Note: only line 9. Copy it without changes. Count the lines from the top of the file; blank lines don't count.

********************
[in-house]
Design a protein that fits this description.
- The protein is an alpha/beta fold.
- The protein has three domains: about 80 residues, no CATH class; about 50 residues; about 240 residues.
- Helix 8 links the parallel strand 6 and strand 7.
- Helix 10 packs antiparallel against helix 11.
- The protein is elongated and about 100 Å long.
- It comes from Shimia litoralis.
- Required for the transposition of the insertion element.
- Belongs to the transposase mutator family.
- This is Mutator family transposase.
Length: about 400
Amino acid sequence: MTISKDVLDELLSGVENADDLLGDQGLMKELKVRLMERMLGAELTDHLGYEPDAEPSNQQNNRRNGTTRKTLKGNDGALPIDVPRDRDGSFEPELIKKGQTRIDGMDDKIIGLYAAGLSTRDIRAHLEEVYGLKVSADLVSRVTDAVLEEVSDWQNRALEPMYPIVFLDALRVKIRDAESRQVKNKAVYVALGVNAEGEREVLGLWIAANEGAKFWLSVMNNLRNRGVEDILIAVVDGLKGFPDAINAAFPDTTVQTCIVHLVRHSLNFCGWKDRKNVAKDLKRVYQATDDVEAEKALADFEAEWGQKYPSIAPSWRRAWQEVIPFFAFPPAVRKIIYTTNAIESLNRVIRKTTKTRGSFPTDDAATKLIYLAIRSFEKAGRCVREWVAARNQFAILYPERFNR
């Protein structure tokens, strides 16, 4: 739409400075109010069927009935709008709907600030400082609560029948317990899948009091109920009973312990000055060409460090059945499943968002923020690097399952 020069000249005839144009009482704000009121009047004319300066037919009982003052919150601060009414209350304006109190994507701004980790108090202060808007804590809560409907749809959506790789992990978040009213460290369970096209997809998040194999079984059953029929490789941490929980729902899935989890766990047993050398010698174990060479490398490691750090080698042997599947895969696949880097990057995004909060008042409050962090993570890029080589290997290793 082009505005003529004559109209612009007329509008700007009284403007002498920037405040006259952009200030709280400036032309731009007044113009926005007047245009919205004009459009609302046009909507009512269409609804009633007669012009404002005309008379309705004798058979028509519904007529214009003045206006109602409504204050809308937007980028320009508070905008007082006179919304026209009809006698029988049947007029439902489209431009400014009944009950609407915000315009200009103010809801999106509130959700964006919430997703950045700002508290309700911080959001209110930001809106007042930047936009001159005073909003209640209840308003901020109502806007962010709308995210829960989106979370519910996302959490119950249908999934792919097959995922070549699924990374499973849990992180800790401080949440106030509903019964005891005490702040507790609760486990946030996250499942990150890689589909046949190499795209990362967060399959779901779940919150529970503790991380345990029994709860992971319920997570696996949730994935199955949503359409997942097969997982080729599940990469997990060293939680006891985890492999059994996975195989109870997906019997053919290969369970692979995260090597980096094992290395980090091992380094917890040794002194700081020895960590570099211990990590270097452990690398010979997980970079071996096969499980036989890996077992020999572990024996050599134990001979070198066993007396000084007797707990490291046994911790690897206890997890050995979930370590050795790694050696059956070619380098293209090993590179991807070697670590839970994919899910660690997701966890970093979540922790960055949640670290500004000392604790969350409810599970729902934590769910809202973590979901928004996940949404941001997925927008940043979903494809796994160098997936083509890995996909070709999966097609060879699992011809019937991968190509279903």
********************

- Required for the transposition of the insertion element.